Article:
From their habit of associating in small family parties. tuwick.a brilliant flash of yellow-gold . The young are often adopted by the whole troop and are fed by several members in addition to their parents. She then selects a strand of cotton or cobweb and passes it through the punctures so that the edges can be drawn together. forests. whereas the birds with the long white tails are winter migrants from India. but are particularly fond of visiting gardens and picking beneath trees and shrubs. often of six or seven birds. seeking for small grubs. insects and snails. Like all warblers. and well-wooded country during the north-east monsoon. Remarkably. the cocks with their long tails streaming out behind them . Although rather dull in their plumage. spending its time hunting for grubs and insects. it is not at all shy. Another interesting aspect of their communal life is that a squirrel often accompanies them.” They are found almost everywhere. useful birds with an interesting community life that repays close study. its presence in a garden would often be overlooked were it not for the loud. which keep in touch with one another by their loud limpid calls as they dive . she even ties a knot to prevent slippage. it is a beneficial bird. There are few well-wooded gardens that it does not visit periodically. Generally they frequent bushy trees or low shady undergrowth. Greater Coucal . Generally.hence the popular Sinhalese name redi-hora or “cotton thief” for the white cocks and gin-hora or “fire thief” for the red. They live chiefly upon small fruits and berries as well as upon insects and spiders. Having selected a leaf. persistent call “tuwick. noisy. Paradise Flycatcher (Terpsisphone pardisi) Both types of paradise flycatcher may be seen in gardens. Being unobtrusive in its habits.from tree to tree. tuwick” that issues from the depths of the bushes. The birds with long brown tails are the males of the local species. Black-Headad or Black-Hooded Oriole (Oriolus xanthornus) The black-headed oriole is one of the most conspicuously beautiful common birds to be found in Sri Lanka. sallying forth from some convenient perch to hunt for flies and other insects. It arrives in pairs. babblers are commonly called “seven sisters” or “seven brothers. the hen makes a number of punctures along the edge. Tailor-Bird (Orthotomus sutorius) The tailor-bird is reputed for the remarkable ability to stitch together the edge of a leaf or leaves to form a pocket in which to build its nest. they are cheerful. though it is much more plentiful in some areas than others. or darting across the open.

Purple-Rumped Sunbird (Nectarinia zeylonica) All three of Sri Lanka’s sunbirds. Red-Backed Woodpecker (Dinopium benghalense psarodes) The commonest of nine woodpeckers. watching for movement. beetles. or settled. It is then seen hopping up or down the trunk of a nearby tree or palm. flowerbeds and thickets for anything edible it can find. to grubs and wireworms. where it feeds upon small lizards. generally uttered on the wing. but is equally abundant in the more remote jungles and well-wooded districts. it commonly frequents gardens. but especially the purple-rumped. examining the trunk for ants. which it often broadcasts from the top of a high pole. from the middle of which its loud resounding call “Kook-Kook-Kook” issues frequently. but builds its own nest. it spends the day searching the shrubberies. paddy-fields and open country. In the open it runs rapidly. worms. It also has a song. suddenly diving down and catching some unsuspecting creature. It robs the eggs and young of many small birds. they are delightful little birds to watch.(Centropus sinensis) The coucal is the villain of the garden. Generally its presence is advertised by its loud trilling call. Generally it prefers to sit on a perch overhanging water. having finished one tree it flies to the next. crabs and frogs in the usual kingfisher manner when such prey is easily available. with a typical jerky. Then. are frequent visitors to gardens with copious flowers. the noise of its rapid wing beats being audible at some distance. Usually it starts at the bottom and hops its way up. it also does good by destroying pests. Its cry is a loud cackling call. White-Throated or White-Breasted Kingfisher (Halcyon smy rnensis) The gorgeous kingfisher is found far away from water just as frequently as near it. undulatory flight. and insects. Its flight is ungainly. but it prefers to creep through dense thickets. Although in no way related to the hummingbirds of the Americas. from snails. However. Hovering in front of a brilliant flower. This is because they live upon the nectar of various flowers as well as upon small insects and spiders. Being omnivorous. It is related to the cuckoos. and it indulges in long glides with set wings when passing to some distant tree. beetles. some . flicking their wings. grubs and other insects. the red-backed is a frequent visitor to gardens in the residential areas of Colombo. Although it catches small fish.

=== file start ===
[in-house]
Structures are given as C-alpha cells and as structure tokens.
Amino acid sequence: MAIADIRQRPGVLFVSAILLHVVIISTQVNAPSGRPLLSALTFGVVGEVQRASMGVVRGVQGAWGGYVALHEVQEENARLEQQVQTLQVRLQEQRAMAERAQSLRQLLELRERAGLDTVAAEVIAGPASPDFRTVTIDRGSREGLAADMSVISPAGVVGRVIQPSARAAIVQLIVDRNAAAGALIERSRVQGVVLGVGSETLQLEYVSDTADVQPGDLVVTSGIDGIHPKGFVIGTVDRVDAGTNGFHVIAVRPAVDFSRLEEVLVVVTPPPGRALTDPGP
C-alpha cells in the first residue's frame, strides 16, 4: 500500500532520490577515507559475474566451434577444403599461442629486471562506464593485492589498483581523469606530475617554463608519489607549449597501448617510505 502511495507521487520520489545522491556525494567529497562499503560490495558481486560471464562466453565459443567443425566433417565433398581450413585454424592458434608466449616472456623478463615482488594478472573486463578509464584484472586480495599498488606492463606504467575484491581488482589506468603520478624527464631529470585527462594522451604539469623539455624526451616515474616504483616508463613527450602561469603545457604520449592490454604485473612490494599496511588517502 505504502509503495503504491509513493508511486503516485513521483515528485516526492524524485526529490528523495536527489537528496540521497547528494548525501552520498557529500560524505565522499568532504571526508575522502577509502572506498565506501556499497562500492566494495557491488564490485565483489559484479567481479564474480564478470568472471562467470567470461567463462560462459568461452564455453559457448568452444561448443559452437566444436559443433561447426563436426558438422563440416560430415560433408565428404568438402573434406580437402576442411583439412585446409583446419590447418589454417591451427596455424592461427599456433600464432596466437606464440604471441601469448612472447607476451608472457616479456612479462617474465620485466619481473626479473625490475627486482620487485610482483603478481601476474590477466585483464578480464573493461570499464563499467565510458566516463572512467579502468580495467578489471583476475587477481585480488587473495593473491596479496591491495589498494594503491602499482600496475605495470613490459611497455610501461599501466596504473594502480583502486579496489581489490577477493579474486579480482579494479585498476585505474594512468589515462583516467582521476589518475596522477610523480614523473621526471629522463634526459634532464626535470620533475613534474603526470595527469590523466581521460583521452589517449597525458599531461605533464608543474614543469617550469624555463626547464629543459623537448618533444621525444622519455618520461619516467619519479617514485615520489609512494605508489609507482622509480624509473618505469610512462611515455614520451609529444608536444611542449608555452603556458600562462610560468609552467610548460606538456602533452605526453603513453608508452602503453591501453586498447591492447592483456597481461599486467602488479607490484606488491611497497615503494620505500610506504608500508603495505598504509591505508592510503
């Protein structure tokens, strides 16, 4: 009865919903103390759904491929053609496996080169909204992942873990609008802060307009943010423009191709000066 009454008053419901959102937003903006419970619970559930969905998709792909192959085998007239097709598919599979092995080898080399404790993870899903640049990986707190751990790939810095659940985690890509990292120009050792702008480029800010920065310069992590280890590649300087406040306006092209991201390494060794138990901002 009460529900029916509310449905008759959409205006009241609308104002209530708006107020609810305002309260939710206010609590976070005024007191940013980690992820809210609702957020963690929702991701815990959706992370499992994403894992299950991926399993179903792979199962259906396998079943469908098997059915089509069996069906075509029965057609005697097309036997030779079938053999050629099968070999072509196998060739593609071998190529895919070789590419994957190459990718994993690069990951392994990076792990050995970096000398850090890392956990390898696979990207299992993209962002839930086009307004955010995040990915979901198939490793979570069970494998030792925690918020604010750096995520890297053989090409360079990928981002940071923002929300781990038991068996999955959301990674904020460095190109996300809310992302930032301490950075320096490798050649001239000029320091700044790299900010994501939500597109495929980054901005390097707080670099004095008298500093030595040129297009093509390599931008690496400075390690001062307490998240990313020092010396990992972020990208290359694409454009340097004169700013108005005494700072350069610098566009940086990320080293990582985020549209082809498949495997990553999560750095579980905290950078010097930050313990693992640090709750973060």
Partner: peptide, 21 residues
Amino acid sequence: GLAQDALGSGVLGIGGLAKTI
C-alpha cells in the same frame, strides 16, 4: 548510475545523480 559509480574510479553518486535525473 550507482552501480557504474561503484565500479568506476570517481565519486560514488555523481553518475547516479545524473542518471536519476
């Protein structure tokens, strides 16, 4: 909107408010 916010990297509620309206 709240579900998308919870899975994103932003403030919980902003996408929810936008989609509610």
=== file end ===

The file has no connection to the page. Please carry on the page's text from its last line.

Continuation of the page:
of their habits are similar. The males are very pugnacious and continually chase one another as well as other sunbirds. . so they are sometimes miscalled “hummingbirds” in Sri Lanka.